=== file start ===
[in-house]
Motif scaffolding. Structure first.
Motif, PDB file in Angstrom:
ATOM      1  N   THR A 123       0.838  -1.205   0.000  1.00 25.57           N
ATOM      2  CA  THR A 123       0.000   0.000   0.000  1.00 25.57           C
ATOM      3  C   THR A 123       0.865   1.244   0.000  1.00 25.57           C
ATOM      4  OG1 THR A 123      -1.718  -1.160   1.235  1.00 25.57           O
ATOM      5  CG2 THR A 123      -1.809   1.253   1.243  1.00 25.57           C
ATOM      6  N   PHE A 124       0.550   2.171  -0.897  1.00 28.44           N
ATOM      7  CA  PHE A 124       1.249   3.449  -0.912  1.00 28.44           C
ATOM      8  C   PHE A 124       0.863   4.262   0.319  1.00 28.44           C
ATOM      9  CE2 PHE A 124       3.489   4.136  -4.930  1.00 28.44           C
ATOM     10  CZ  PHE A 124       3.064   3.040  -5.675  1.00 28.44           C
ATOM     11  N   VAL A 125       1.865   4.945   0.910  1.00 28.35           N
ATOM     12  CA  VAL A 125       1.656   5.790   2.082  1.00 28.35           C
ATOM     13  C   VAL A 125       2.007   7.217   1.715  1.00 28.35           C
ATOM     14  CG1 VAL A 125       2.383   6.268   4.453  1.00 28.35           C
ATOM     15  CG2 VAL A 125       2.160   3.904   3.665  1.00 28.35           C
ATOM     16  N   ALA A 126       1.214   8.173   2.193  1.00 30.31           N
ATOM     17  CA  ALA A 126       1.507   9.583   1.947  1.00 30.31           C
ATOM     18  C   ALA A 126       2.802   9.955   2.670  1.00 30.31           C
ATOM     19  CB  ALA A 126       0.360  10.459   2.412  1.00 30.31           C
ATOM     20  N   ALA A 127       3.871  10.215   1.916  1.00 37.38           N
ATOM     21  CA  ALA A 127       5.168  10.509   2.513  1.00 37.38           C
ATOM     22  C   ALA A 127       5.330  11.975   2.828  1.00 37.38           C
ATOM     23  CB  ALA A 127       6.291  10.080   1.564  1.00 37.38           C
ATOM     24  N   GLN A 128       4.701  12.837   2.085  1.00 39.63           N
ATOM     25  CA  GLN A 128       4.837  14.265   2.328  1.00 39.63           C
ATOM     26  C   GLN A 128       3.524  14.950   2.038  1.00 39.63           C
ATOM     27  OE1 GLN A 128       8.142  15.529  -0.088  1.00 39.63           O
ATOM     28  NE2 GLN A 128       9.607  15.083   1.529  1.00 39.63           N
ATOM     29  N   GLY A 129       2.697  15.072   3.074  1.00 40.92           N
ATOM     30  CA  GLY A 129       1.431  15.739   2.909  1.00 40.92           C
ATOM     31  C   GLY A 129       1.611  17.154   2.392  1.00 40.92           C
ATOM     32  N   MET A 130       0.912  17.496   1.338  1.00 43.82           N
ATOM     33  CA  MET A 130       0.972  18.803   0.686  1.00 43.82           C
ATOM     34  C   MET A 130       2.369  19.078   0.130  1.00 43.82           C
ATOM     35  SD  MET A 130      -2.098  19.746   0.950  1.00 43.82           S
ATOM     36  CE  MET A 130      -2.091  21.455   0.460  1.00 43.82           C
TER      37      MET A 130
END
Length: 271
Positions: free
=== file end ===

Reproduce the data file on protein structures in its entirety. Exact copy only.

[in-house]
Motif scaffolding. Structure first.
Motif, PDB file in Angstrom:
ATOM      1  N   THR A 123       0.838  -1.205   0.000  1.00 25.57           N
ATOM      2  CA  THR A 123       0.000   0.000   0.000  1.00 25.57           C
ATOM      3  C   THR A 123       0.865   1.244   0.000  1.00 25.57           C
ATOM      4  OG1 THR A 123      -1.718  -1.160   1.235  1.00 25.57           O
ATOM      5  CG2 THR A 123      -1.809   1.253   1.243  1.00 25.57           C
ATOM      6  N   PHE A 124       0.550   2.171  -0.897  1.00 28.44           N
ATOM      7  CA  PHE A 124       1.249   3.449  -0.912  1.00 28.44           C
ATOM      8  C   PHE A 124       0.863   4.262   0.319  1.00 28.44           C
ATOM      9  CE2 PHE A 124       3.489   4.136  -4.930  1.00 28.44           C
ATOM     10  CZ  PHE A 124       3.064   3.040  -5.675  1.00 28.44           C
ATOM     11  N   VAL A 125       1.865   4.945   0.910  1.00 28.35           N
ATOM     12  CA  VAL A 125       1.656   5.790   2.082  1.00 28.35           C
ATOM     13  C   VAL A 125       2.007   7.217   1.715  1.00 28.35           C
ATOM     14  CG1 VAL A 125       2.383   6.268   4.453  1.00 28.35           C
ATOM     15  CG2 VAL A 125       2.160   3.904   3.665  1.00 28.35           C
ATOM     16  N   ALA A 126       1.214   8.173   2.193  1.00 30.31           N
ATOM     17  CA  ALA A 126       1.507   9.583   1.947  1.00 30.31           C
ATOM     18  C   ALA A 126       2.802   9.955   2.670  1.00 30.31           C
ATOM     19  CB  ALA A 126       0.360  10.459   2.412  1.00 30.31           C
ATOM     20  N   ALA A 127       3.871  10.215   1.916  1.00 37.38           N
ATOM     21  CA  ALA A 127       5.168  10.509   2.513  1.00 37.38           C
ATOM     22  C   ALA A 127       5.330  11.975   2.828  1.00 37.38           C
ATOM     23  CB  ALA A 127       6.291  10.080   1.564  1.00 37.38           C
ATOM     24  N   GLN A 128       4.701  12.837   2.085  1.00 39.63           N
ATOM     25  CA  GLN A 128       4.837  14.265   2.328  1.00 39.63           C
ATOM     26  C   GLN A 128       3.524  14.950   2.038  1.00 39.63           C
ATOM     27  OE1 GLN A 128       8.142  15.529  -0.088  1.00 39.63           O
ATOM     28  NE2 GLN A 128       9.607  15.083   1.529  1.00 39.63           N
ATOM     29  N   GLY A 129       2.697  15.072   3.074  1.00 40.92           N
ATOM     30  CA  GLY A 129       1.431  15.739   2.909  1.00 40.92           C
ATOM     31  C   GLY A 129       1.611  17.154   2.392  1.00 40.92           C
ATOM     32  N   MET A 130       0.912  17.496   1.338  1.00 43.82           N
ATOM     33  CA  MET A 130       0.972  18.803   0.686  1.00 43.82           C
ATOM     34  C   MET A 130       2.369  19.078   0.130  1.00 43.82           C
ATOM     35  SD  MET A 130      -2.098  19.746   0.950  1.00 43.82           S
ATOM     36  CE  MET A 130      -2.091  21.455   0.460  1.00 43.82           C
TER      37      MET A 130
END
Length: 271
Positions: free